A lot of thinking can go into serious evaluation of wine.  A tasting-note refers to its author’s written testimony relating to the colour, aroma, taste identification, acidity, structure, texture, and balance of a wine. It can be difficult to describe tastes and smells in the formal tasting context as you’re on your own. In the social situation, comparing perceptions and deceptions is generally enjoyable.  Many wine words, after all is said and done, are just agreed perceptions.  Until scientifically-designed scratch and sniff patches that work for wine are available, tasting-notes are but another attempt at conveying our impressions about wines. 

     And even experts are impressionable.  An experiment, in which the smell of a white wine artificially coloured red with an odourless dye was carried out unknowingly by a panel of 54 tasters.  They used  words only associated with red wines. Because of the visual disinformation, the olfactory information went unnoticed by the tasters.   However, another experiment showed that as far as taste buds are concerned, we differ markedly.  We might be  nontasters  with 96 taste buds per square centimetre.  Medium tasters  have 184 and supertasters  have 425.  At our next social event, let's stick our tongues out at each other!


 
 


With links

 
     Alcohol is the primary factor in dictating a wine's weight and body. Typically the higher the alcohol level, the more weight the wine has. An increase in alcohol content will increase the perception of density and texture.     

     Acidity is a dominant player due to the pronounced and complex ways that it can heighten the perception of flavours. In wine tasting, acidity is perceived by a mouth-watering response by the salivary glands. This process applied to the right wine can also serve to stimulate the appetite.  Applied to the wrong wine and perceptions can go haywire.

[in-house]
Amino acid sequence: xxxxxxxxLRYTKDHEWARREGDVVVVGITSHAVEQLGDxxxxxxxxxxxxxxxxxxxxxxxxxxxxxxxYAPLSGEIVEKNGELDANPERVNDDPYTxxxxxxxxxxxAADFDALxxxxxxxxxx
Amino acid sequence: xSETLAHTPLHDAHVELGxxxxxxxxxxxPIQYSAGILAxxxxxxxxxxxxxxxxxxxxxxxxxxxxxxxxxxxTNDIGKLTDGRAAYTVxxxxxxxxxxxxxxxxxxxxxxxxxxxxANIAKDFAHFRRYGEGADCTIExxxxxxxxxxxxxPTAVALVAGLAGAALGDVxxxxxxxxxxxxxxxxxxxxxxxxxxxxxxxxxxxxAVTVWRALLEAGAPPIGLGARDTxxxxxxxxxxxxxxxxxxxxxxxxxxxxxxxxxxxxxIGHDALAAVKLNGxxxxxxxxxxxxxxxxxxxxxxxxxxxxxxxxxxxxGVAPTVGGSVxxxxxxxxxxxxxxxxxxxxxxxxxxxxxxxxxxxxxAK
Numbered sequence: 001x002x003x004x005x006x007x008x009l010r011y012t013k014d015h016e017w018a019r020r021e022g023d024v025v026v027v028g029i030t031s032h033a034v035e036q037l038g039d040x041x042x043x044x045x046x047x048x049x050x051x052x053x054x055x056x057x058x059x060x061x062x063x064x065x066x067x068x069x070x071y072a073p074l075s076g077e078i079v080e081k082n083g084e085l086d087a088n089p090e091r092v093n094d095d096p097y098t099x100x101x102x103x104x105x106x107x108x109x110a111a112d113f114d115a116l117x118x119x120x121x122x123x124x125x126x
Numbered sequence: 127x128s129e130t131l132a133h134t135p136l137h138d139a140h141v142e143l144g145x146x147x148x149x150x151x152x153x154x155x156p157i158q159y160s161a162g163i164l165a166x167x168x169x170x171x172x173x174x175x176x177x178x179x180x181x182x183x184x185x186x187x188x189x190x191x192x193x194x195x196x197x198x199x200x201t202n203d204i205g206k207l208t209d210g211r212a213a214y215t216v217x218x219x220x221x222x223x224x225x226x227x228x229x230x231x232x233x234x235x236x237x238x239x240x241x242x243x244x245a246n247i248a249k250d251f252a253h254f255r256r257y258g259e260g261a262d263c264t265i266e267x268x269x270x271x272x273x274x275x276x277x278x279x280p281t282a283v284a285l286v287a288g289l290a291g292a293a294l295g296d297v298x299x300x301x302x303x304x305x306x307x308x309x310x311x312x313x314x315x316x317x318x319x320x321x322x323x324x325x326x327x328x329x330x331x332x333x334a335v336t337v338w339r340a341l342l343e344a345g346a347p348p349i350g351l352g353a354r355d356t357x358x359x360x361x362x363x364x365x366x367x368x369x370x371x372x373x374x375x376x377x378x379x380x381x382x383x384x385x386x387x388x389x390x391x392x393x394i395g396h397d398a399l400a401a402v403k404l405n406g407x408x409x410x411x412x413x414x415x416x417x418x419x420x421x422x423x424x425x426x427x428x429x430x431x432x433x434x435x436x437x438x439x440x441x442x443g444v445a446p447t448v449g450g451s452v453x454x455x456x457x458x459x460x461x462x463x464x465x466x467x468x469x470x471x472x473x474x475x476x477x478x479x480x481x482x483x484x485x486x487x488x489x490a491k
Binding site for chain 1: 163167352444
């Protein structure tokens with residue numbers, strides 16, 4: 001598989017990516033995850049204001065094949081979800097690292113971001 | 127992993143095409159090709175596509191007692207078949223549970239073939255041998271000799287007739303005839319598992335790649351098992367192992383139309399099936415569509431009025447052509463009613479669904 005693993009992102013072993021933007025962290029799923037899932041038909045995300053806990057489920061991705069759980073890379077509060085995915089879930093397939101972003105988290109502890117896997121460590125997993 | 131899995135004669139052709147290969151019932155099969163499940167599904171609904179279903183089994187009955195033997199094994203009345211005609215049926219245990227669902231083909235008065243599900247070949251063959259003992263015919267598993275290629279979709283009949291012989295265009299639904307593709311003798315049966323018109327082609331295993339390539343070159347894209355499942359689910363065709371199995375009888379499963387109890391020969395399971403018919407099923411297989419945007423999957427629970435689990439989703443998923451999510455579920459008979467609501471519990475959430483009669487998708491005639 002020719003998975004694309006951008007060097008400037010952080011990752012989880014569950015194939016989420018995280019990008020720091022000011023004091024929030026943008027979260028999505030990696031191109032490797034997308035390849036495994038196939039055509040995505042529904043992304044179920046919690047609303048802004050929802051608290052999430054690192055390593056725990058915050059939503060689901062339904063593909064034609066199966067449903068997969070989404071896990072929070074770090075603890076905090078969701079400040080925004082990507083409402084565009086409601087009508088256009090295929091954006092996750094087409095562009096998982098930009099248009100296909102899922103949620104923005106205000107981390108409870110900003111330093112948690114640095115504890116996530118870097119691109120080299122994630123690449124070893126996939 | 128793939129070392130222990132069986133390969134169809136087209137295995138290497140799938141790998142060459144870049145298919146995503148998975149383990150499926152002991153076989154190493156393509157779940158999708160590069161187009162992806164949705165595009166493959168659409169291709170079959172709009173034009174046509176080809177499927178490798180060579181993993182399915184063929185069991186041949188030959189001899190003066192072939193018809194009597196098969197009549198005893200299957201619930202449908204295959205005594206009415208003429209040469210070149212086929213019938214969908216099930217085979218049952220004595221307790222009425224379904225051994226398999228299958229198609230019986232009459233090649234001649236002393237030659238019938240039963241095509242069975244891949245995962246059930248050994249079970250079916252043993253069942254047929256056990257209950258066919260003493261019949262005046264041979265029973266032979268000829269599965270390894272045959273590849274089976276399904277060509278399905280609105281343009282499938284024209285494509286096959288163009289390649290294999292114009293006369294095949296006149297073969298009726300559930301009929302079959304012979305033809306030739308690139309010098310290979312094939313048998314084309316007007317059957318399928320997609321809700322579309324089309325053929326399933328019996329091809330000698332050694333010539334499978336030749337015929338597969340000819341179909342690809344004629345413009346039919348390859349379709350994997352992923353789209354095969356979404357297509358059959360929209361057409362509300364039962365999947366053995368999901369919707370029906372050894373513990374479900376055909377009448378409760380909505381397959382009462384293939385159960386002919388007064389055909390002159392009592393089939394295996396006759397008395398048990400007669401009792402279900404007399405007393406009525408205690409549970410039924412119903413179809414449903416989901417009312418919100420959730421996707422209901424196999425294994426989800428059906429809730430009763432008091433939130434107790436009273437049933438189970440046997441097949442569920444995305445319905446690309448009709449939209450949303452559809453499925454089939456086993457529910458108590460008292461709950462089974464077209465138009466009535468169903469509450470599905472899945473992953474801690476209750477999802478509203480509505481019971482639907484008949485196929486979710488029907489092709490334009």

Thinking wider, psychology has much to offer in terms of insights into our relationship with wine. It can help us understand how our sensory processes work and why we have such varied responses to different wines. It can also help as to why being told a wine is more expensive can increase our enjoyment and why experts sometimes make mistakes when tasting wine.

     You detect fruit in today’s wine but is it strawberries or blackberries?  Are you predisposed towards one of them and does it affect your perception?  Someone tells you it’s a cheap wine.  How does that information affect your perception and, consequently, your appreciation? 

     Pour a small amount of wine into a glass - one where the bowl is larger than the rim - and swirl it around. Examine the colour, but think beyond simple red, white or rosé. Is it brownish or pale cherry red? Is it the colour of straw or apricots? Think opacity next - is it watery or dark or are there burnt-orange tinges which denote an older wine? Does it stick or leg  to the glass?  Thick viscosity denotes high alcohol. 

     Swirl again really well and inhale the aromas. What do you smell: freshly mowed lawns or old leather? Vanilla ice cream or lemon zest? Close your eyes for this wine and keep them open for the next.  Summarise your perceptions.  Evaluate.  Were you deceived?